Mount Kenya Trust rangers and supporters plan to summit the three peaks of Mount Kenya in order to raise funds for the Mount Kenya Trust Horse Patrol Team.
Mount Kenya is synonymous with the landscape of Laikipia. This protected area consists of the Mount Kenya National Park and surrounding forest reserves, and is designated as a World Heritage Site. It is recognised in Vision 2030 as one of Kenya’s most important ‘water towers’-a key water catchment area for the Tana and Ewaso Ng’iro rivers- with moorlands and forest providing water resources that are essential to Kenya’s economic and environmental health.
Since 1999, the Mount Kenya Trust (MKT) has been working to protect the habitats and wildlife of the mountain through collaboration with key government agencies. These include the Kenya Wildlife Service and Kenya Forest Service as well as local communities and NGOs. The Trust uses patrols and electric fences to protect wildlife and people from one another.
The MKT operates five patrol and fence maintenance teams. The members of these teams are employed from the communities that border the reserve. Communities include Ntirimiti or Kibirichia located to the east of the Mount Kenya Elephant Corridor, and Marania and Kisima Farms. The teams are managed in close collaboration with the Kenya Wildlife Service’s Mount Kenya division. One of these teams conducts patrols on horseback, and they operate from a base built on the edge of the northern moorlands which was kindly donated by Kisima Farm. The team is known as the Horse Patrol Team.
During a recent visit by KWS, the Mount Kenya Senior Warden, Simon Gitau, called for the expansion of the Horse Patrol Team and pledged to add armed rangers to the team. In order to achieve this level of expansion, members of the MKT have joined forced with mountain guides from African Ascents to undertake a fundraising climb which will summit the three peaks of Mount Kenya. The expedition has been branded the Mount Kenya Three Peaks Challenge. It will involve a six day trek with over 2,000 feet of technical climbing.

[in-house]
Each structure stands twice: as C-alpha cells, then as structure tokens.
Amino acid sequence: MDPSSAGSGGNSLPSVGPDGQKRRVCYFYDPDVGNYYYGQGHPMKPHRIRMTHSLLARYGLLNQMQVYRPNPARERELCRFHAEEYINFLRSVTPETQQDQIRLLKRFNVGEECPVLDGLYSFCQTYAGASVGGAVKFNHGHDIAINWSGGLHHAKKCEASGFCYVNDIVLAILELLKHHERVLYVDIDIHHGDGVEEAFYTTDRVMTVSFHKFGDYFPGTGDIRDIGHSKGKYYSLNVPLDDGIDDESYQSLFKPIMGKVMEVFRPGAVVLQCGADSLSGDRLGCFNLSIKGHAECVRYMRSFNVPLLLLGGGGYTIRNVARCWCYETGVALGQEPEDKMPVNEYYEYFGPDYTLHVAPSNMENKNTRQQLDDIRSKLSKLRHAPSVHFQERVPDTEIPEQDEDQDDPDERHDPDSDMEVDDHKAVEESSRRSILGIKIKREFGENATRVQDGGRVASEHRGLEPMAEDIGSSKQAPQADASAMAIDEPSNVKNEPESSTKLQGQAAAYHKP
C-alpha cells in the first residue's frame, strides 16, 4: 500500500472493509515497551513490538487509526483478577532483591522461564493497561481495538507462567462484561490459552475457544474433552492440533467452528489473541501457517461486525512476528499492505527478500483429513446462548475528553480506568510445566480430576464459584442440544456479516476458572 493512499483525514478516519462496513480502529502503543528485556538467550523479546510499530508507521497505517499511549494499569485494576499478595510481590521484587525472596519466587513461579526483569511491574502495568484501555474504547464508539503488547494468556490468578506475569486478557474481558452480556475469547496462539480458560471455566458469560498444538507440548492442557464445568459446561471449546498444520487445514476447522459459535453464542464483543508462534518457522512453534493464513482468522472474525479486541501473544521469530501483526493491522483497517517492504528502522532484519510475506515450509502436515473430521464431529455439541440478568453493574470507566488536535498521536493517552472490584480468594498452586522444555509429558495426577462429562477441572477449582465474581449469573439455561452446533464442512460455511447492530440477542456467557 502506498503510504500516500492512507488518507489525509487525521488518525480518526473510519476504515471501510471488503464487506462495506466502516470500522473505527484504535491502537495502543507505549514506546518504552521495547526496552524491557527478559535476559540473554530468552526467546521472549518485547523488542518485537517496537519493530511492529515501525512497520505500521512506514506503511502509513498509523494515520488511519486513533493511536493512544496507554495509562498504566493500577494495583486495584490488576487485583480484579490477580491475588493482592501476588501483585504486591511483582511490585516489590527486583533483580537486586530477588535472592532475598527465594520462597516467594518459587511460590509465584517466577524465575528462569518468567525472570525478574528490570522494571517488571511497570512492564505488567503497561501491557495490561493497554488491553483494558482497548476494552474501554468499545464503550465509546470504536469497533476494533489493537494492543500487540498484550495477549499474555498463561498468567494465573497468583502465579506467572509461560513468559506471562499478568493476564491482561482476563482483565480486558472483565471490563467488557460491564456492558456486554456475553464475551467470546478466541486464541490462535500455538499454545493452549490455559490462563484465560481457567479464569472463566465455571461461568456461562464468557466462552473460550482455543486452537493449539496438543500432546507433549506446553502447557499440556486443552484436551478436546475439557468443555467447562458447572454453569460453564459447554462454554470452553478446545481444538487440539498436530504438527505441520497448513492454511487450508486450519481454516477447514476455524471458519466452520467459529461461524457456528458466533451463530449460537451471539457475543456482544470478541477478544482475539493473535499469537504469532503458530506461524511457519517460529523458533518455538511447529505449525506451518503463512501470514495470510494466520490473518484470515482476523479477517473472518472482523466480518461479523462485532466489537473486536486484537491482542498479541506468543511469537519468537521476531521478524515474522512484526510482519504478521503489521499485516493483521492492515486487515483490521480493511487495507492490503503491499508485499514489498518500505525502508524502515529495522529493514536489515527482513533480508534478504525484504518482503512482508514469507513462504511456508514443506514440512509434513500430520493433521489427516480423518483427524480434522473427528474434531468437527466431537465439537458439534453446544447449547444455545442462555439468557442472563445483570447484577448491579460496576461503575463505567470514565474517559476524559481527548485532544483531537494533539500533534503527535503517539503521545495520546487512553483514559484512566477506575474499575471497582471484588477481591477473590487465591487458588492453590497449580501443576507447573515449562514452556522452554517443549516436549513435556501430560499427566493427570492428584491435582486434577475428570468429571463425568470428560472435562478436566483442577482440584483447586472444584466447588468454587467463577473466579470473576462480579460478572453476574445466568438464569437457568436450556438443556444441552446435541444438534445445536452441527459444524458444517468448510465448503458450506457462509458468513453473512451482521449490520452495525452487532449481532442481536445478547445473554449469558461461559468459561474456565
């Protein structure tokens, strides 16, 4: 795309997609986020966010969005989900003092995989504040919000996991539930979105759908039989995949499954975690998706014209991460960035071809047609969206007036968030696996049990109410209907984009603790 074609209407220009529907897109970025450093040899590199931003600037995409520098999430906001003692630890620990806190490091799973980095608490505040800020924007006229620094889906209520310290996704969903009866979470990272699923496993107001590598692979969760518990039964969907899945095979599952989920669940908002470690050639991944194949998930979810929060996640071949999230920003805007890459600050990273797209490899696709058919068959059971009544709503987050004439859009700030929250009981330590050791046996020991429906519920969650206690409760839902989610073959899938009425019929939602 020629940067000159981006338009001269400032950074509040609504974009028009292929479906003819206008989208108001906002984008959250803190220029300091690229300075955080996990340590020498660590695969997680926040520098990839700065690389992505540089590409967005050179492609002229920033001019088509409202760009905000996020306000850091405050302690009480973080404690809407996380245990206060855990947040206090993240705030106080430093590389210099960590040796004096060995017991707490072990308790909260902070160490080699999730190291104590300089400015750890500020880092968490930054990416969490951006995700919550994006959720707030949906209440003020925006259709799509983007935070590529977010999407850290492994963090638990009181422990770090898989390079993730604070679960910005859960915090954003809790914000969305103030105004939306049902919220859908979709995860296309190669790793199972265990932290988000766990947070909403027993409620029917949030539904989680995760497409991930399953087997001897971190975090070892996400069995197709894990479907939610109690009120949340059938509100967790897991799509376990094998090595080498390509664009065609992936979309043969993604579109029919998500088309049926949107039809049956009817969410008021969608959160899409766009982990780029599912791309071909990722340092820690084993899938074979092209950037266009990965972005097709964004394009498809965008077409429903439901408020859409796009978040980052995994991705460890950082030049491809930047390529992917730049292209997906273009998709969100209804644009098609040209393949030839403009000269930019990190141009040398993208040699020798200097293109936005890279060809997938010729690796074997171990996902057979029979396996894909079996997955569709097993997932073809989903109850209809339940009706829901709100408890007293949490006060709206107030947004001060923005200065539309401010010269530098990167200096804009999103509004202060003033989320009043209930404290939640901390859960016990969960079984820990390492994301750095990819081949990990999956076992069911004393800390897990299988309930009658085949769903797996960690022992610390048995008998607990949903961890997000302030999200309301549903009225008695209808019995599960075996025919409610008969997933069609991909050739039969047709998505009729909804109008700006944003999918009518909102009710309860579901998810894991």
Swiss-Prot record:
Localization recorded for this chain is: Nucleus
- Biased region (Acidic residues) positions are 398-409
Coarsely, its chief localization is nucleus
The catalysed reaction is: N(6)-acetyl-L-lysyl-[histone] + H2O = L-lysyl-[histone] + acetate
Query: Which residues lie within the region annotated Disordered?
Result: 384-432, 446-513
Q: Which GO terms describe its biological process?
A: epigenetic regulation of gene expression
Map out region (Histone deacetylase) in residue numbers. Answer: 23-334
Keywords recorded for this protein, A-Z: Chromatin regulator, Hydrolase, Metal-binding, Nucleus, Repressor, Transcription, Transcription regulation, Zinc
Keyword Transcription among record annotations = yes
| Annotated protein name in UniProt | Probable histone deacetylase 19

History of the team
The Horse Patrol Team currently consists of five community wildlife officers, mostly employed from nearby Meru County. Many of these officers had never even seen a horse before. Now they know and love the ten ponies under their care. Eight of these ponies were imported from Ethiopia, and a further two were kindly donated by Charlie Wheeler of Ngare Ndare.
Gelvas, the latest team member to join the Horse Patrol talks of working with the horses, which he describes as “good animals that help us to patrol the forests and protect the water catchments”.
The Horse Patrol Team covers an area of northern moorlands that was once badly poached and included other illegal activities. Previously, the KWS have been under-resourced in this region. Yet the activities of the HPT have started to have a significant effect. During the course of their work, the team has cleared many hundreds of snares and made several arrests and recoveries of bush meat and other prohibited forest products. The members of the patrol team also act as the eyes and ears of the area, reporting bushfires and illegal livestock, all the while keeping KWS and local community members informed.
The Horse Patrol Team is entirely donor funded. Key donors include the International Fund for Elephants, Seneca Park Zoo and Tusk Trust.
Mount Kenya Trust
The Trust works to protect biodiversity and improve the livelihoods of individuals living in nearby communities.
Today the MKT’s work spreads over several programmes. These include community education, awareness, and family planning, tree planting and reforestation, habitat connectivity projects, human-wildlife conflict mitigation, and illegal activity monitoring and reduction.
In addition to the Horse Patrol Team, MKT helps with the continued monitoring and protection of elephants using the Mount Kenya Elephant Corridor, and supervises the fencing of the Imenti Forest Reserve as a part of the Rhino Ark Mount Kenya Comprehensive Fence Project.